Former New York Governor Mario Cuomo Dies at 82
Former New York Governor Mario Cuomo with son Andrew Cuomo
Former three-term governor Mario Cuomo, the liberal son of Italian immigrants who was a very gifted orator that gained him national stature, had died on Thursday shortly after his son, Andrew Cuomo was sworn in as governor for a second term. He was 82. Cuomo was hospitalized this past November for a heart condition shortly after his son won re-election. He was going to join in the victory party, but had to be hospitalized the next day.
Cuomo was governor of New York between the years 1983-94. When he was governor the budget grew from around $28 billion to $62 billion. He closed up the Shoreham Nuclear Power Plant in Long Island, New York. He had built 30 new prisons. He was given the opportunity by then-president Bill Clinton to have a seat on the U.S. Supreme Court, but he declined.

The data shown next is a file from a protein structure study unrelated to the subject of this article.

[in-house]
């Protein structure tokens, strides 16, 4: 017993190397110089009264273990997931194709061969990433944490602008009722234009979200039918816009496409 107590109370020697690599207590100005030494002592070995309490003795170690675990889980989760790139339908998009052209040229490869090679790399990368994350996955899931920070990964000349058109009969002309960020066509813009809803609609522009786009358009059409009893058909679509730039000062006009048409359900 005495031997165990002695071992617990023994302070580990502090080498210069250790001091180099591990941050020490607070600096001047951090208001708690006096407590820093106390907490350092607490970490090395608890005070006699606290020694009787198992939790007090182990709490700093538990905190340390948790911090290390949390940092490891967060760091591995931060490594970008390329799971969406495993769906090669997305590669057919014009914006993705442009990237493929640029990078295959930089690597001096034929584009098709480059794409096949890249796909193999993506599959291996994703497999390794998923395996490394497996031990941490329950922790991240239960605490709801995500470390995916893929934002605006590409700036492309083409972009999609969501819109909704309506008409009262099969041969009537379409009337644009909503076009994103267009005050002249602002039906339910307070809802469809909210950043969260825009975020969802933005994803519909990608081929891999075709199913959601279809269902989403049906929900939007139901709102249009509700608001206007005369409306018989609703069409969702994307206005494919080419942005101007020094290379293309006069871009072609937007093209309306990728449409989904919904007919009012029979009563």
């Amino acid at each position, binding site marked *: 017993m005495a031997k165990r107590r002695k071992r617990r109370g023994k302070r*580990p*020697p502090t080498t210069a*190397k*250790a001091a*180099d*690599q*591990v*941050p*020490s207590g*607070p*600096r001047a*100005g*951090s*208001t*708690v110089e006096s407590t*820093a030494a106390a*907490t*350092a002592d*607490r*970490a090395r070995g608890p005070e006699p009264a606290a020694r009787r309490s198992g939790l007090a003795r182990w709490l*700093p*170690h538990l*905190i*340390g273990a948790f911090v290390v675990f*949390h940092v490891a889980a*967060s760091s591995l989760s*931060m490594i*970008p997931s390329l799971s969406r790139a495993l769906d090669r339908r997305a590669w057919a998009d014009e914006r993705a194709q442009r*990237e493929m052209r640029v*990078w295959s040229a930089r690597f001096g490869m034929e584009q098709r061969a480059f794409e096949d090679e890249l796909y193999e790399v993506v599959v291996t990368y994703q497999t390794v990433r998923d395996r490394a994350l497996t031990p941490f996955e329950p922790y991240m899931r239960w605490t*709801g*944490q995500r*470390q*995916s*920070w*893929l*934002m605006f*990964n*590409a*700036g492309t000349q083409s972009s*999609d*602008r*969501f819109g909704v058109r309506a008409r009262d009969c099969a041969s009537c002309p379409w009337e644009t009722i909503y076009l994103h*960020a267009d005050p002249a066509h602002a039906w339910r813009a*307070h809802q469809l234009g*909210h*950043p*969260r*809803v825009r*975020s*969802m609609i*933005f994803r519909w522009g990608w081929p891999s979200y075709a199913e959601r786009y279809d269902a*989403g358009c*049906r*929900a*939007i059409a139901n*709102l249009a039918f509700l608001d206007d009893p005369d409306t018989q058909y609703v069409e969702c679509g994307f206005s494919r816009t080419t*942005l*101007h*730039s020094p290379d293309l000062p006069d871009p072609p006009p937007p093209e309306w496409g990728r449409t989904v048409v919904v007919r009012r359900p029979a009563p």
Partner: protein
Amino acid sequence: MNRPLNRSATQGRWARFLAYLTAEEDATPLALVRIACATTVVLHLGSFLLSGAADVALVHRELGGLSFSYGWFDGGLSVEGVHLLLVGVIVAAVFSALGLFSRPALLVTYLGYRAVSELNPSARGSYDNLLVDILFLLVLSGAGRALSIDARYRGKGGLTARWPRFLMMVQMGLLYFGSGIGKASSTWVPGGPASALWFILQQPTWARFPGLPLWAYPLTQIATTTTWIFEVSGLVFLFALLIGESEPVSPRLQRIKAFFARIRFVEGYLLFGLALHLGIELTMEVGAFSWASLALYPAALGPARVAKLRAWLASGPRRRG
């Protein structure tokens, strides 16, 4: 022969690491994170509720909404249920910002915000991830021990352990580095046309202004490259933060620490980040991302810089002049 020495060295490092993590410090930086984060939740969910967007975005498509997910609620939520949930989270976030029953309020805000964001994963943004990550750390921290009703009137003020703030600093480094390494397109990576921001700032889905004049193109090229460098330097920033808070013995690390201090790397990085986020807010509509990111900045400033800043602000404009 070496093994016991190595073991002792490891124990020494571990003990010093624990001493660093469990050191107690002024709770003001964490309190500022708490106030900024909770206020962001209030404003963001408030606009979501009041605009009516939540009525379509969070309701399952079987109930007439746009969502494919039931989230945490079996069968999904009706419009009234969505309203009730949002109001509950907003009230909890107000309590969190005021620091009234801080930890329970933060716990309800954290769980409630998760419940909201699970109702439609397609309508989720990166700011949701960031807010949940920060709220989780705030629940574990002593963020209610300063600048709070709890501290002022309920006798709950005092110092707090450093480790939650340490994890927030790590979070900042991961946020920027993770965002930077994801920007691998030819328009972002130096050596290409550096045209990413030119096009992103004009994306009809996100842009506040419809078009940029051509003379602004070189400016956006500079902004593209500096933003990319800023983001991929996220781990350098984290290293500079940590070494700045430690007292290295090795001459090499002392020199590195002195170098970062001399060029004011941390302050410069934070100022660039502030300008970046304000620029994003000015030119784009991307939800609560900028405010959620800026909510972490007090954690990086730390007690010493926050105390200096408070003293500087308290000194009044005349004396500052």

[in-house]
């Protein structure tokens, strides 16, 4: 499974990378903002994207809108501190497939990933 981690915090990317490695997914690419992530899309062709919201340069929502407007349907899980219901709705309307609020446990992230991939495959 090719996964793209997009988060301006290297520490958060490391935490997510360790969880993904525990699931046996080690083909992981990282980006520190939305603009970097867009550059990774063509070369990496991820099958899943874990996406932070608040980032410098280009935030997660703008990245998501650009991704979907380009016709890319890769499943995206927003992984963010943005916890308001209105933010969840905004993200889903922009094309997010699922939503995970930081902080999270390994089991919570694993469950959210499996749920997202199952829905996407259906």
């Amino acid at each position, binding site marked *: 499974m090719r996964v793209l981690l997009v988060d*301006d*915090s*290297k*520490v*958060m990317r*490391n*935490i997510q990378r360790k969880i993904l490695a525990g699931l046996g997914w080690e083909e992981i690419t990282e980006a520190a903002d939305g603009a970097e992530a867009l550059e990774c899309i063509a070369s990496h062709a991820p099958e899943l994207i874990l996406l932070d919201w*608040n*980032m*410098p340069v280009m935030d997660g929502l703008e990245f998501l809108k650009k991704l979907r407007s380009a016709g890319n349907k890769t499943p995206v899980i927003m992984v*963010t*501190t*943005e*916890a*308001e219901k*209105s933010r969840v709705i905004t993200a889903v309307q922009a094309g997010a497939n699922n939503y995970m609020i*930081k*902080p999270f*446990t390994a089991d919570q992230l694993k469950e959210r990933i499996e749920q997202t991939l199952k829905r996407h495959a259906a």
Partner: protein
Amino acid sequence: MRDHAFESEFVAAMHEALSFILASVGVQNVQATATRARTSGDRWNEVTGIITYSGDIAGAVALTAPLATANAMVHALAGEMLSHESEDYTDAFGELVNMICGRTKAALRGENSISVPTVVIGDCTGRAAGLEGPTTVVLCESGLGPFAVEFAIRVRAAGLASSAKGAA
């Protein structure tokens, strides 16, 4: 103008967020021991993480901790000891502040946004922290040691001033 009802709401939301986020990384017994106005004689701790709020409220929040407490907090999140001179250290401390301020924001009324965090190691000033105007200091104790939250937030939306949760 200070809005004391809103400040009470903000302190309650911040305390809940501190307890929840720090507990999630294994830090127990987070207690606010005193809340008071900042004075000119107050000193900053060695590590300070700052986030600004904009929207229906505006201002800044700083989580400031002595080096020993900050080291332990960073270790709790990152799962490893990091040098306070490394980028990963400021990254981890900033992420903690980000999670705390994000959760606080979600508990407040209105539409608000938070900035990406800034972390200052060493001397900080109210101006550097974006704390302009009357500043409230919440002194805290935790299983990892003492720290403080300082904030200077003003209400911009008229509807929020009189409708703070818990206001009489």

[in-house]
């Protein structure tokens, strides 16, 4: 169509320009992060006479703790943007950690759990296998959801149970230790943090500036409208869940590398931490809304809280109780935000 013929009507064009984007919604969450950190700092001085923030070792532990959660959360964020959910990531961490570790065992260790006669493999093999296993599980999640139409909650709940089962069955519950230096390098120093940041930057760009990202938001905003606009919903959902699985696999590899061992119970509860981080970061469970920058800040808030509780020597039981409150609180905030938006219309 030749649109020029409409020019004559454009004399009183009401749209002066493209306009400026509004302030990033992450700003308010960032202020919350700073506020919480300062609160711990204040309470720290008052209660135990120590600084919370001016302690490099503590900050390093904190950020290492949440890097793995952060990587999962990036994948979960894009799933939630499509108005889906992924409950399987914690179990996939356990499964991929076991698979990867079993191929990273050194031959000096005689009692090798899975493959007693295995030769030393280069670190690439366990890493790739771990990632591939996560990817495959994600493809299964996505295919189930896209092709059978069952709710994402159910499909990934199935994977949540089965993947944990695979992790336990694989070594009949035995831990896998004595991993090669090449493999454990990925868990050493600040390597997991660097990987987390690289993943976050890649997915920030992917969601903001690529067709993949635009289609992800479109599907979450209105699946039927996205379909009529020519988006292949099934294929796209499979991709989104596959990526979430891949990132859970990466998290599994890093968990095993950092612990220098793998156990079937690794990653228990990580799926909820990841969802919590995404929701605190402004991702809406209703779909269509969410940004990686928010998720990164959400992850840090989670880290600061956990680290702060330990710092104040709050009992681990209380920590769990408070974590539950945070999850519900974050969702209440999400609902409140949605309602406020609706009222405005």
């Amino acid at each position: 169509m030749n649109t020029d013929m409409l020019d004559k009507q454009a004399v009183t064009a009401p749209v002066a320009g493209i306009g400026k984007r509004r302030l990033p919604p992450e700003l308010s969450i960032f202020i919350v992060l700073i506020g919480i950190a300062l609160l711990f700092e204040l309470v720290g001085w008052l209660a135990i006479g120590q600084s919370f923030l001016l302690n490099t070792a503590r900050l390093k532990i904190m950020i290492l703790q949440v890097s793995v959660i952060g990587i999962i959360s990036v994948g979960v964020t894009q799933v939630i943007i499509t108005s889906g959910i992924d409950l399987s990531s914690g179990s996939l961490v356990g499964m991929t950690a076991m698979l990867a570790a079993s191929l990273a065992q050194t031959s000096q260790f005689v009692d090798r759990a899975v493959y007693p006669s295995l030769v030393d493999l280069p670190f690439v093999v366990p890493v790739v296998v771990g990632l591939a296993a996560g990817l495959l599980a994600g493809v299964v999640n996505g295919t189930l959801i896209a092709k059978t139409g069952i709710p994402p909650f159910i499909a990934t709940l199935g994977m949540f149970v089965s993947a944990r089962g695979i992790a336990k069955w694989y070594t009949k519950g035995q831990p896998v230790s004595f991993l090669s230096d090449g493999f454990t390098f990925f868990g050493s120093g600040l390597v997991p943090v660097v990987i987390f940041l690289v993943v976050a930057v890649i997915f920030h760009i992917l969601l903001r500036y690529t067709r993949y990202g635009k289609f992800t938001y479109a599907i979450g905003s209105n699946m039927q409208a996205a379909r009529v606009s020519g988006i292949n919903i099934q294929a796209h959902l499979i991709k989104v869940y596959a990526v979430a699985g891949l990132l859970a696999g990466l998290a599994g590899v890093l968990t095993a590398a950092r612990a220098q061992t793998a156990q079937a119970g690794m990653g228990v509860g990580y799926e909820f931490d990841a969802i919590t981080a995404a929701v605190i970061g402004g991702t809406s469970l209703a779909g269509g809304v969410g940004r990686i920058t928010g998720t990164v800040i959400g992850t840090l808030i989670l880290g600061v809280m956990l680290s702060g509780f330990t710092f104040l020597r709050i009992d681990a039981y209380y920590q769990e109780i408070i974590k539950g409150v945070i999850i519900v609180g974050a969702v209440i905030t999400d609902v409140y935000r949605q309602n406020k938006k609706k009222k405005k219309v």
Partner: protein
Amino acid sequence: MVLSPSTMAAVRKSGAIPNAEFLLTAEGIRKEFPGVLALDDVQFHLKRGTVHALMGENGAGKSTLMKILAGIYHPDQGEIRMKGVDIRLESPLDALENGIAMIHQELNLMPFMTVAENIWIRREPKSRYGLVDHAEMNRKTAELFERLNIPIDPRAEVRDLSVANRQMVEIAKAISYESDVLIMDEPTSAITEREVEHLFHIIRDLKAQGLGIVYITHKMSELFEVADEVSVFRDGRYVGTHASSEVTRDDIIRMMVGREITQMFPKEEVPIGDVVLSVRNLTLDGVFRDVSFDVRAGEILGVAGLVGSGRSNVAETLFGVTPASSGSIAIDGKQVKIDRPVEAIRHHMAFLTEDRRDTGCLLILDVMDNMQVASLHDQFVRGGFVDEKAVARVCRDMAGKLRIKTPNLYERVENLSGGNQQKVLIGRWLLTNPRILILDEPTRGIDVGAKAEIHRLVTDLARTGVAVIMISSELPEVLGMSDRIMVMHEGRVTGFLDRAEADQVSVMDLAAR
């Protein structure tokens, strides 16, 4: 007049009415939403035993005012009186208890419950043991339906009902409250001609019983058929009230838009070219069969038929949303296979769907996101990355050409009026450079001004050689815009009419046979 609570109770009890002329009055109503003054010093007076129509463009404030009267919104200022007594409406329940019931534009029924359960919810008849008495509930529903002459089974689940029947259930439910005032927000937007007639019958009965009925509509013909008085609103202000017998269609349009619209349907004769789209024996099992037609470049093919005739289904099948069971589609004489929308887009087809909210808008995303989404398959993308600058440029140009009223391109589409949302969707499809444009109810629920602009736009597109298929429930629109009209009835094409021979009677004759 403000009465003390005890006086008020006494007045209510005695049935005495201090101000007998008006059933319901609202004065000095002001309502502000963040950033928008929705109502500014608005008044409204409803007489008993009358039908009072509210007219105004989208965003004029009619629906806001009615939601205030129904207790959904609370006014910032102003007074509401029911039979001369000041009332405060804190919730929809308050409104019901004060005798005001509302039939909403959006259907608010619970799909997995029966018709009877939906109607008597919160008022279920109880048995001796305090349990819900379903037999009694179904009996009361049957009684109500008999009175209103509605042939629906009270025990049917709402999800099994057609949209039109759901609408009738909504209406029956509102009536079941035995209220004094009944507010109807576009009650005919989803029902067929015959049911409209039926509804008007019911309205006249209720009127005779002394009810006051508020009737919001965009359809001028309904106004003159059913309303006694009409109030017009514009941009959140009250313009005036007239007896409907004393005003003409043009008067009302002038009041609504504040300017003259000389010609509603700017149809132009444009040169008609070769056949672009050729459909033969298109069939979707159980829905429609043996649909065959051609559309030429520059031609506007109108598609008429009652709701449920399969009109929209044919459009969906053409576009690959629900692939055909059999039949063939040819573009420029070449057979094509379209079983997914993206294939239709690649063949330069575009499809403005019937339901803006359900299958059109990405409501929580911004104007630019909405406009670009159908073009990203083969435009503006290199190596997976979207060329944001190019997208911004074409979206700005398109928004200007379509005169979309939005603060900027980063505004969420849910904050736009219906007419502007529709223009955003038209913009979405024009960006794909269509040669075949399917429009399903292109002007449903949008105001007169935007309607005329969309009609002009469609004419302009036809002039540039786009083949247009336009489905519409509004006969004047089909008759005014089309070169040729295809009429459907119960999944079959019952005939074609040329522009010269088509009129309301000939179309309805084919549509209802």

Cuomo gave national stature during the 1984 Democratic National Convention in which former vice-president Walter Mondale was nominated for the presidency. He gave a rousing speech criticizing Ronald Reagan's economic policies. He stated that Reagan believed in Social Darwinism and that his analogy of "a city on a hill" only works for some people. Cuomo was later considered to be a leading contender for the 1988 and 1992 Democratic nominee for president, but he declined them. He was defeated for a fourth term by Republican George Pataki in 1994. After his defeat, he worked at his law firm. To read the full story, click on the above link from FoxNews.com.